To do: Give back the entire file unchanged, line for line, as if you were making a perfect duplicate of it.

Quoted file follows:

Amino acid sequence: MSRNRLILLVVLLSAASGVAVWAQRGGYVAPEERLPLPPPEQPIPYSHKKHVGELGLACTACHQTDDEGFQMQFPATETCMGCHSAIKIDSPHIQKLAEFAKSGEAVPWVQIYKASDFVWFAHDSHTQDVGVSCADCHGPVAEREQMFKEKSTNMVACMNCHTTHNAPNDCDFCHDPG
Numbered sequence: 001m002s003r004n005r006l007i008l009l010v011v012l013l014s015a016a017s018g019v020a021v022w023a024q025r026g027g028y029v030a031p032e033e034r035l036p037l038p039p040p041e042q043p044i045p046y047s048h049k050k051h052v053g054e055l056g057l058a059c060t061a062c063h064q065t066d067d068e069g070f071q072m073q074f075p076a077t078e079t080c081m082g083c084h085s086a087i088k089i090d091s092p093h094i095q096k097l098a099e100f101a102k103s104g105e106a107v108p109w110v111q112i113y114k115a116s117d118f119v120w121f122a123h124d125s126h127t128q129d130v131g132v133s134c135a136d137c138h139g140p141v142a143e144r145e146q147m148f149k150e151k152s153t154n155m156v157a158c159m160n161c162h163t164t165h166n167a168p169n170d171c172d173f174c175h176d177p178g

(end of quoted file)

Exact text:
Amino acid sequence: MSRNRLILLVVLLSAASGVAVWAQRGGYVAPEERLPLPPPEQPIPYSHKKHVGELGLACTACHQTDDEGFQMQFPATETCMGCHSAIKIDSPHIQKLAEFAKSGEAVPWVQIYKASDFVWFAHDSHTQDVGVSCADCHGPVAEREQMFKEKSTNMVACMNCHTTHNAPNDCDFCHDPG
Numbered sequence: 001m002s003r004n005r006l007i008l009l010v011v012l013l014s015a016a017s018g019v020a021v022w023a024q025r026g027g028y029v030a031p032e033e034r035l036p037l038p039p040p041e042q043p044i045p046y047s048h049k050k051h052v053g054e055l056g057l058a059c060t061a062c063h064q065t066d067d068e069g070f071q072m073q074f075p076a077t078e079t080c081m082g083c084h085s086a087i088k089i090d091s092p093h094i095q096k097l098a099e100f101a102k103s104g105e106a107v108p109w110v111q112i113y114k115a116s117d118f119v120w121f122a123h124d125s126h127t128q129d130v131g132v133s134c135a136d137c138h139g140p141v142a143e144r145e146q147m148f149k150e151k152s153t154n155m156v157a158c159m160n161c162h163t164t165h166n167a168p169n170d171c172d173f174c175h176d177p178g